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A comparative analysis to predict p53 activity using classification models

Setty, Priyanka (2019) A comparative analysis to predict p53 activity using classification models. Master's Thesis, University of Pittsburgh. (Unpublished)

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Mutation studies of TP53, the gene coding the tumor protein p53, have become increasingly common in cancer research to understand its structural changes and its implications for tumor suppression. The protein’s structure is built with four identical chains containing 393 amino acids per chain. This homo-tetrameric configuration of p53 plays an important role in suppressing tumors and it is important to understand the structure-function dynamics and their role in cancer development.
A p53 mutant dataset was obtained from the University of California at Irvine (UCI) Machine Learning Repository to infer p53 protein’s ability to suppress tumors based on its two-dimensional (2D) and three-dimensional (3D) structural features. The dataset consisted of 31,283 instances (observations) and 5,408 numerical features. Among the total features, the first 4,826 accounted for 2D structural features which were based on electrostatic and surface properties. The remaining 582 3D features were the distance maps between mutant and wild type p53. After selecting a subset of the features that were statistically relevant in predicting the outcome (n=100), three classification algorithms, Logistic Regression (LR), Support Vector Machine (SVM) and Random Forest (RF), were fit to the data and trained using a cross-validation scheme to obtain good parameters to classify an active p53 mutant from its inactive counterparts. Performance metrics in terms of accuracy and area-under-the-curve (AUC) were utilized in order to evaluate a particular classification model. Among the three different algorithms used to predict the outcome, LR seemed to outperform SVM and RF with an accuracy ranging from 0.75 to 0.81 and AUC ranging from 0.75 to 0.88.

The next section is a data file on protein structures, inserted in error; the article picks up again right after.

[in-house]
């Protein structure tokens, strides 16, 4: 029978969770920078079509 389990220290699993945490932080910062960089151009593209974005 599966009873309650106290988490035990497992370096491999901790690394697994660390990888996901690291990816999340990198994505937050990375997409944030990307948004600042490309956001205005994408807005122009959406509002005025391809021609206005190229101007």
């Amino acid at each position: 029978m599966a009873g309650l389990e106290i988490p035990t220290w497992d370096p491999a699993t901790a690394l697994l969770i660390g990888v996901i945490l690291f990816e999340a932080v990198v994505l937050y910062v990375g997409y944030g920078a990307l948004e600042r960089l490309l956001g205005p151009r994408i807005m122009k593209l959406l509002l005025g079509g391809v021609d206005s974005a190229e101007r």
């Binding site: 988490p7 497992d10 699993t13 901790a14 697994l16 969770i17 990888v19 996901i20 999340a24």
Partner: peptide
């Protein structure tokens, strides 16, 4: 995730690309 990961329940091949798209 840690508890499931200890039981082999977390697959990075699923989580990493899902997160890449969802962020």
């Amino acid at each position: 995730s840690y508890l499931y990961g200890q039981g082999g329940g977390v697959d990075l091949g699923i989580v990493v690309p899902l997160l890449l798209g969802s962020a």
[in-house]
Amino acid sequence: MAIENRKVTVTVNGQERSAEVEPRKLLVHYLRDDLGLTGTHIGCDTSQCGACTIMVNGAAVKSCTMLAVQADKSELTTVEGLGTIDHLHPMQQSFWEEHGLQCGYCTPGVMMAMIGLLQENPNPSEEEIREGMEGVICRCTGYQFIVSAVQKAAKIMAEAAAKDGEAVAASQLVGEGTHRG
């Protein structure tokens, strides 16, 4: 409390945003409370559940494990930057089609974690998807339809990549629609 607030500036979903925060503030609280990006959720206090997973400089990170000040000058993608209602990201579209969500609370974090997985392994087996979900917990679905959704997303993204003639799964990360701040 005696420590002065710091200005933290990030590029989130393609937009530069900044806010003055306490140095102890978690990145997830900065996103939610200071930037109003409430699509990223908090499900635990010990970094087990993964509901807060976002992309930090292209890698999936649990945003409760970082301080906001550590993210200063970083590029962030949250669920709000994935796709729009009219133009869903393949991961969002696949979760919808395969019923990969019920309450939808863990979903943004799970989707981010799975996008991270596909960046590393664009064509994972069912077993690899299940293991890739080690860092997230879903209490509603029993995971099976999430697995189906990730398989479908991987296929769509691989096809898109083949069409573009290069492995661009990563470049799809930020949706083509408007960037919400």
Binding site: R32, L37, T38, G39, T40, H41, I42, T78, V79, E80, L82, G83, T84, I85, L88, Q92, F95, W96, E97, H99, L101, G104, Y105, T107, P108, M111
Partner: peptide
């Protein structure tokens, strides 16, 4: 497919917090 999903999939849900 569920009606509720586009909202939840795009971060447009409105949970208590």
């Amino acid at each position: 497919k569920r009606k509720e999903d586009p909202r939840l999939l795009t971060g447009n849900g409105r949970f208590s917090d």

The LR model identified 2D feature numbers 60,74,49,40, and 73 as features of high importance in predicting the activity of p53. The public health significance of this study is that it advances the understanding of p53, which is critical to cancer tumor suppression, by helping to predict p53 activation using set of structural features obtained from simple classification models.


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Item Type: University of Pittsburgh ETD
Status: Unpublished
CreatorsEmailPitt UsernameORCID
Setty, Priyankaprs77@pitt.eduprs77
ETD Committee:
TitleMemberEmail AddressPitt UsernameORCID
Committee ChairBuchanich,
Committee MemberCarlson,
Committee MemberShaffer,
Committee MemberRamanathan,
Date: 26 September 2019
Date Type: Publication
Defense Date: 29 July 2019
Approval Date: 26 September 2019
Submission Date: 21 July 2019
Access Restriction: 1 year -- Restrict access to University of Pittsburgh for a period of 1 year.
Number of Pages: 65
Institution: University of Pittsburgh
Schools and Programs: School of Public Health > Biostatistics
Degree: MS - Master of Science
Thesis Type: Master's Thesis
Refereed: Yes
Uncontrolled Keywords: p53 mutant,classification,p53 activity
Date Deposited: 26 Sep 2019 16:53
Last Modified: 01 Sep 2020 05:15


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